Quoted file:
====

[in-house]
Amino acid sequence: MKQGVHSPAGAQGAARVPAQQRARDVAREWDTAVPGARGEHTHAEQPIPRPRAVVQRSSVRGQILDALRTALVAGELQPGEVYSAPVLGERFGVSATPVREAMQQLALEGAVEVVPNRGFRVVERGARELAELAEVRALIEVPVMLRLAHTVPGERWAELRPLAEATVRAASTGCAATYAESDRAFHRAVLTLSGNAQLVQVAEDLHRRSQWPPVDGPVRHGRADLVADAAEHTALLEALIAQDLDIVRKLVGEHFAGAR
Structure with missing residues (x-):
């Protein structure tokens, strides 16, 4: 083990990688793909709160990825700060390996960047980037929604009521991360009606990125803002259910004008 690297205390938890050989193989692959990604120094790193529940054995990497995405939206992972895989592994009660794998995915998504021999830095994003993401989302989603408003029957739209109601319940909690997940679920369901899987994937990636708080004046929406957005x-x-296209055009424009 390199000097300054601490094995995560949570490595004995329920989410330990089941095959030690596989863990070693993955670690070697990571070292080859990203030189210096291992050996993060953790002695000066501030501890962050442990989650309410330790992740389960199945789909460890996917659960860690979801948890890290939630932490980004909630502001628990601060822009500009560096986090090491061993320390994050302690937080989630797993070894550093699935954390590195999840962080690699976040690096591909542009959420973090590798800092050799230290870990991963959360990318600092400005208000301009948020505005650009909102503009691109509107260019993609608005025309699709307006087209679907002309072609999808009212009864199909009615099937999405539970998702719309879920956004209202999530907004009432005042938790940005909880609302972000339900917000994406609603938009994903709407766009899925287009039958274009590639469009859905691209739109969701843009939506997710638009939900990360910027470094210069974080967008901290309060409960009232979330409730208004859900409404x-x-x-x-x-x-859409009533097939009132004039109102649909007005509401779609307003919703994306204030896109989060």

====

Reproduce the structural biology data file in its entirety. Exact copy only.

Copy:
[in-house]
Amino acid sequence: MKQGVHSPAGAQGAARVPAQQRARDVAREWDTAVPGARGEHTHAEQPIPRPRAVVQRSSVRGQILDALRTALVAGELQPGEVYSAPVLGERFGVSATPVREAMQQLALEGAVEVVPNRGFRVVERGARELAELAEVRALIEVPVMLRLAHTVPGERWAELRPLAEATVRAASTGCAATYAESDRAFHRAVLTLSGNAQLVQVAEDLHRRSQWPPVDGPVRHGRADLVADAAEHTALLEALIAQDLDIVRKLVGEHFAGAR
Structure with missing residues (x-):
């Protein structure tokens, strides 16, 4: 083990990688793909709160990825700060390996960047980037929604009521991360009606990125803002259910004008 690297205390938890050989193989692959990604120094790193529940054995990497995405939206992972895989592994009660794998995915998504021999830095994003993401989302989603408003029957739209109601319940909690997940679920369901899987994937990636708080004046929406957005x-x-296209055009424009 390199000097300054601490094995995560949570490595004995329920989410330990089941095959030690596989863990070693993955670690070697990571070292080859990203030189210096291992050996993060953790002695000066501030501890962050442990989650309410330790992740389960199945789909460890996917659960860690979801948890890290939630932490980004909630502001628990601060822009500009560096986090090491061993320390994050302690937080989630797993070894550093699935954390590195999840962080690699976040690096591909542009959420973090590798800092050799230290870990991963959360990318600092400005208000301009948020505005650009909102503009691109509107260019993609608005025309699709307006087209679907002309072609999808009212009864199909009615099937999405539970998702719309879920956004209202999530907004009432005042938790940005909880609302972000339900917000994406609603938009994903709407766009899925287009039958274009590639469009859905691209739109969701843009939506997710638009939900990360910027470094210069974080967008901290309060409960009232979330409730208004859900409404x-x-x-x-x-x-859409009533097939009132004039109102649909007005509401779609307003919703994306204030896109989060």